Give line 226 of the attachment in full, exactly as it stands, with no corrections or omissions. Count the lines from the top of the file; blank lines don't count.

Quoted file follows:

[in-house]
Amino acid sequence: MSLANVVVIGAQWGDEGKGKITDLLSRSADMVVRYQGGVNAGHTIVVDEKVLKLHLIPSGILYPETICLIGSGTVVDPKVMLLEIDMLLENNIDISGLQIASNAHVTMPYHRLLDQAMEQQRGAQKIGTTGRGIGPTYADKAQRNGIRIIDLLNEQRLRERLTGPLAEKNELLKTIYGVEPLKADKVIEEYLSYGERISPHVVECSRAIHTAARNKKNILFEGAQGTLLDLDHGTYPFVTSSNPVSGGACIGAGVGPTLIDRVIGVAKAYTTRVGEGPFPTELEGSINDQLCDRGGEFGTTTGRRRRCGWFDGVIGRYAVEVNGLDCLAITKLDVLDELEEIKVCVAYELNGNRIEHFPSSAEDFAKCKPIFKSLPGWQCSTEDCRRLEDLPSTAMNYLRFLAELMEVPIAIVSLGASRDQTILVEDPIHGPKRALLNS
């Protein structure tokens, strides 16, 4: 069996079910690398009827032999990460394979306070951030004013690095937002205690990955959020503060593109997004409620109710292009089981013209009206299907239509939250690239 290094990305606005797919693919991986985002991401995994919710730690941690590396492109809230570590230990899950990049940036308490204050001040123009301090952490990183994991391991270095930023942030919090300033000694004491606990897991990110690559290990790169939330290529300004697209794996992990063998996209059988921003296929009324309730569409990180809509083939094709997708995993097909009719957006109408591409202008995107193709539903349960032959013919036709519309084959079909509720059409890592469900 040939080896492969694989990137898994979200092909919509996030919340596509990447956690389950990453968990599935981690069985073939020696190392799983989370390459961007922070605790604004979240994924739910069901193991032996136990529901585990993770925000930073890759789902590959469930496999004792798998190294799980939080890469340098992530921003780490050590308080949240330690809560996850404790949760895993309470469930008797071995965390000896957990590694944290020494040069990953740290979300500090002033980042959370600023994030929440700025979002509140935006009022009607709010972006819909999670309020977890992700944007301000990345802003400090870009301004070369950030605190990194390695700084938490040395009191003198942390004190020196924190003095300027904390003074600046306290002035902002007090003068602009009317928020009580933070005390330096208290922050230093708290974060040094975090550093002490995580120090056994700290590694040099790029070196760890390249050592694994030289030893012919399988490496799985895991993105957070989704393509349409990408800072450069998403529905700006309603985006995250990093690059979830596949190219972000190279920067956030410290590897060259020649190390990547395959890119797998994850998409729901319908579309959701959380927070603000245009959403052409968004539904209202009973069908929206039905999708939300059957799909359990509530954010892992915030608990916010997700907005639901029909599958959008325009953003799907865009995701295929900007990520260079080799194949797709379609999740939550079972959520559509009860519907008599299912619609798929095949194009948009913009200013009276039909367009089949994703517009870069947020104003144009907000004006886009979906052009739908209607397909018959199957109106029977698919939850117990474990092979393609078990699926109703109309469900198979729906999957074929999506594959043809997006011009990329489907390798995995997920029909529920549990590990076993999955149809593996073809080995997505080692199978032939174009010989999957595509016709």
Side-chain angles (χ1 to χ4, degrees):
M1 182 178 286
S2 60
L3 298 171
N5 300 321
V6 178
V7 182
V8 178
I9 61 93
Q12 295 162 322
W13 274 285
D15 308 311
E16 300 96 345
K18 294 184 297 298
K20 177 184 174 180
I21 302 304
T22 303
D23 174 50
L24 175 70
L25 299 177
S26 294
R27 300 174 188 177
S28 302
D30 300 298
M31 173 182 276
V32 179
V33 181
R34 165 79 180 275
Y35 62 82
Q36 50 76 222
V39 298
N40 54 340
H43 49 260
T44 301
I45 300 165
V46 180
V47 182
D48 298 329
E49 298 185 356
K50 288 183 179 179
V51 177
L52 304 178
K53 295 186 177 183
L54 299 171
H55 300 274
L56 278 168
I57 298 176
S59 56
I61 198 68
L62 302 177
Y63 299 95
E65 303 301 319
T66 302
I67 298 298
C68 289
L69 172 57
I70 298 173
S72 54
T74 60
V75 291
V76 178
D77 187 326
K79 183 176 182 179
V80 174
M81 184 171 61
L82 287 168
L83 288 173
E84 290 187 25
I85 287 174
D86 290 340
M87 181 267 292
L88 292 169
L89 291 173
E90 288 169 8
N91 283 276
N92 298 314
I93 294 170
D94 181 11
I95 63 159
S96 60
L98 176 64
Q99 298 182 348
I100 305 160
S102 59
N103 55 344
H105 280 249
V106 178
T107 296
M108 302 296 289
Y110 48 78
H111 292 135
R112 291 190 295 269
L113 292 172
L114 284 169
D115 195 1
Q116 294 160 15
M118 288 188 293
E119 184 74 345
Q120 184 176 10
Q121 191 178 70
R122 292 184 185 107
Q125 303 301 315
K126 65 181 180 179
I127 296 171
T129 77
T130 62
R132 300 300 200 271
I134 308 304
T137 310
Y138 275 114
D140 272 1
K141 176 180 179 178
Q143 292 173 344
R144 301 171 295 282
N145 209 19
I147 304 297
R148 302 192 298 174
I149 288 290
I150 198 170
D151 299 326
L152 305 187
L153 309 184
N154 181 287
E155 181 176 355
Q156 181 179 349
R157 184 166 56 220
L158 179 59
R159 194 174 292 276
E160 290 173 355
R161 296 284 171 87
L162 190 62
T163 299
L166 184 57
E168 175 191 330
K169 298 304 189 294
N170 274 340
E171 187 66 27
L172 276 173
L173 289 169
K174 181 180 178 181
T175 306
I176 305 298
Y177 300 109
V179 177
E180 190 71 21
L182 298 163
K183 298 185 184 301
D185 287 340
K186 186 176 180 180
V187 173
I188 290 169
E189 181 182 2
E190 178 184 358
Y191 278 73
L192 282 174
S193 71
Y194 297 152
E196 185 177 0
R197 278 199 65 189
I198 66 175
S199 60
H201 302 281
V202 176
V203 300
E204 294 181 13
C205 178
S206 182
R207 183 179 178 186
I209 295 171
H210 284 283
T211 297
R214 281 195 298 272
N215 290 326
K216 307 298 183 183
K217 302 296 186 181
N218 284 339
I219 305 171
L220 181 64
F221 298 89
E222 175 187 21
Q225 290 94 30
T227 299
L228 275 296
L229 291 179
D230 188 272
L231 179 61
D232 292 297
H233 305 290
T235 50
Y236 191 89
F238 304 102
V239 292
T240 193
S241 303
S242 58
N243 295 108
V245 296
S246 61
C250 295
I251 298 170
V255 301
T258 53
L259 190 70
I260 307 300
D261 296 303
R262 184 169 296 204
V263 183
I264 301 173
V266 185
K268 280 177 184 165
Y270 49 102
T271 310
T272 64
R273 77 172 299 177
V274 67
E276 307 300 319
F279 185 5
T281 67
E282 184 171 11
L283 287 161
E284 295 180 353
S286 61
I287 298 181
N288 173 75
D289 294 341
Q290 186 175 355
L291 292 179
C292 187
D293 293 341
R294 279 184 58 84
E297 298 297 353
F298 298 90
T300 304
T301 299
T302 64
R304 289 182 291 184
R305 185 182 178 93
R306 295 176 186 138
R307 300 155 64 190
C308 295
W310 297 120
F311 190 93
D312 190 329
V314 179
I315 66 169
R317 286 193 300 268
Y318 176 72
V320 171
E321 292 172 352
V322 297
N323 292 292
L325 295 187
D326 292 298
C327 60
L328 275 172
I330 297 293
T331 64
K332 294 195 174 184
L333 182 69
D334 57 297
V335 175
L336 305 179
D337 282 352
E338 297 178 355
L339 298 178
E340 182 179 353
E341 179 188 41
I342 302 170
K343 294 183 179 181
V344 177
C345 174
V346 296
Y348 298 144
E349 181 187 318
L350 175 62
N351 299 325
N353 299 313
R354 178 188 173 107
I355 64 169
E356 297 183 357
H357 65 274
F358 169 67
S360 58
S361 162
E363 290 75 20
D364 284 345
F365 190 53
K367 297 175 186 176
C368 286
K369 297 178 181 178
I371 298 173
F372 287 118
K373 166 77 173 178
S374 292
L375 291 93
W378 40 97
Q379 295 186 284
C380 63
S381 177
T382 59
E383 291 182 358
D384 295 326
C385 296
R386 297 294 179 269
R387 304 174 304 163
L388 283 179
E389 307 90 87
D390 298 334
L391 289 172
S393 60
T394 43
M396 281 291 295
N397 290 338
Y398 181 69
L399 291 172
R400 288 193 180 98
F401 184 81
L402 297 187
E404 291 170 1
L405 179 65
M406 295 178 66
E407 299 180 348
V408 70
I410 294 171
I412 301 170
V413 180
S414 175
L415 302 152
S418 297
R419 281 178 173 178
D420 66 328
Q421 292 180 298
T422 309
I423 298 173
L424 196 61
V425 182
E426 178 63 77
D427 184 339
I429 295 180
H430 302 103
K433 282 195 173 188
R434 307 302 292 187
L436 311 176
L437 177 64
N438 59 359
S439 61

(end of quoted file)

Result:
I287 298 181